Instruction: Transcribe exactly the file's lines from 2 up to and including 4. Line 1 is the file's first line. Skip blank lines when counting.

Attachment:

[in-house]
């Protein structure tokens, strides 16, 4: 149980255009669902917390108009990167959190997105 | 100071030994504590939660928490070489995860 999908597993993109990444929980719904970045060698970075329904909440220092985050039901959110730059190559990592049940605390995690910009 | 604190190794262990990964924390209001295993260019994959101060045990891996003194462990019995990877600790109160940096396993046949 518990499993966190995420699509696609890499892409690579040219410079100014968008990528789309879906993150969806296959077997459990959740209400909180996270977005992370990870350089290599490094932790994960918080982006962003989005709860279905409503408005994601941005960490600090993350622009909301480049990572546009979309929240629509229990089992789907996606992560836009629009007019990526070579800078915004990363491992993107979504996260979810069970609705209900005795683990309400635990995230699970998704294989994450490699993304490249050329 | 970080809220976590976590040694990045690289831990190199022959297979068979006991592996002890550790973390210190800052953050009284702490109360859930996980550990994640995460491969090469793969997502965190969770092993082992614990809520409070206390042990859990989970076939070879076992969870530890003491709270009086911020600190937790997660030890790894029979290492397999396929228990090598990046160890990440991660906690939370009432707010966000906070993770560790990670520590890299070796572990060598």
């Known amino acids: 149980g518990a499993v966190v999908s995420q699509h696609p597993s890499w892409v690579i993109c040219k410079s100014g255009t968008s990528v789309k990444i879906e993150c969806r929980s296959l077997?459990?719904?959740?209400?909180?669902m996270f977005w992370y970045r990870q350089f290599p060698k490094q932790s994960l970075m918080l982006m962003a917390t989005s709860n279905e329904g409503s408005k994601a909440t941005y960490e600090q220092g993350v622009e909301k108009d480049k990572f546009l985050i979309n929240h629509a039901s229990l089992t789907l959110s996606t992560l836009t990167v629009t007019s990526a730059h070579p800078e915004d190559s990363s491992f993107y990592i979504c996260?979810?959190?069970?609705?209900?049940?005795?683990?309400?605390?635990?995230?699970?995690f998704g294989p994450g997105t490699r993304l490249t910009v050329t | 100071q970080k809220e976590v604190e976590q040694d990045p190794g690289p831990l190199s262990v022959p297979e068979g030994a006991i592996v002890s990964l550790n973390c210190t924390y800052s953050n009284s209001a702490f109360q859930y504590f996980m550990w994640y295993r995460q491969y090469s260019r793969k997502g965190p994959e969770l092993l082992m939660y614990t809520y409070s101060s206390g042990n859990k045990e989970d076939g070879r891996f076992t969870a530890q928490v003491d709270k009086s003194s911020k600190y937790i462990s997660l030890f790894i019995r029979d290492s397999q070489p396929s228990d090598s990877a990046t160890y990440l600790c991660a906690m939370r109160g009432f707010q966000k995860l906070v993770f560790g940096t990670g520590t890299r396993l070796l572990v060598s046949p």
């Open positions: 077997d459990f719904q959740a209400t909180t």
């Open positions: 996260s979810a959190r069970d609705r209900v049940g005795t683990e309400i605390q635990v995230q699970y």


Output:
């Protein structure tokens, strides 16, 4: 149980255009669902917390108009990167959190997105 | 100071030994504590939660928490070489995860 999908597993993109990444929980719904970045060698970075329904909440220092985050039901959110730059190559990592049940605390995690910009 | 604190190794262990990964924390209001295993260019994959101060045990891996003194462990019995990877600790109160940096396993046949 518990499993966190995420699509696609890499892409690579040219410079100014968008990528789309879906993150969806296959077997459990959740209400909180996270977005992370990870350089290599490094932790994960918080982006962003989005709860279905409503408005994601941005960490600090993350622009909301480049990572546009979309929240629509229990089992789907996606992560836009629009007019990526070579800078915004990363491992993107979504996260979810069970609705209900005795683990309400635990995230699970998704294989994450490699993304490249050329 | 970080809220976590976590040694990045690289831990190199022959297979068979006991592996002890550790973390210190800052953050009284702490109360859930996980550990994640995460491969090469793969997502965190969770092993082992614990809520409070206390042990859990989970076939070879076992969870530890003491709270009086911020600190937790997660030890790894029979290492397999396929228990090598990046160890990440991660906690939370009432707010966000906070993770560790990670520590890299070796572990060598």
């Known amino acids: 149980g518990a499993v966190v999908s995420q699509h696609p597993s890499w892409v690579i993109c040219k410079s100014g255009t968008s990528v789309k990444i879906e993150c969806r929980s296959l077997?459990?719904?959740?209400?909180?669902m996270f977005w992370y970045r990870q350089f290599p060698k490094q932790s994960l970075m918080l982006m962003a917390t989005s709860n279905e329904g409503s408005k994601a909440t941005y960490e600090q220092g993350v622009e909301k108009d480049k990572f546009l985050i979309n929240h629509a039901s229990l089992t789907l959110s996606t992560l836009t990167v629009t007019s990526a730059h070579p800078e915004d190559s990363s491992f993107y990592i979504c996260?979810?959190?069970?609705?209900?049940?005795?683990?309400?605390?635990?995230?699970?995690f998704g294989p994450g997105t490699r993304l490249t910009v050329t | 100071q970080k809220e976590v604190e976590q040694d990045p190794g690289p831990l190199s262990v022959p297979e068979g030994a006991i592996v002890s990964l550790n973390c210190t924390y800052s953050n009284s209001a702490f109360q859930y504590f996980m550990w994640y295993r995460q491969y090469s260019r793969k997502g965190p994959e969770l092993l082992m939660y614990t809520y409070s101060s206390g042990n859990k045990e989970d076939g070879r891996f076992t969870a530890q928490v003491d709270k009086s003194s911020k600190y937790i462990s997660l030890f790894i019995r029979d290492s397999q070489p396929s228990d090598s990877a990046t160890y990440l600790c991660a906690m939370r109160g009432f707010q966000k995860l906070v993770f560790g940096t990670g520590t890299r396993l070796l572990v060598s046949p």
């Open positions: 077997d459990f719904q959740a209400t909180t």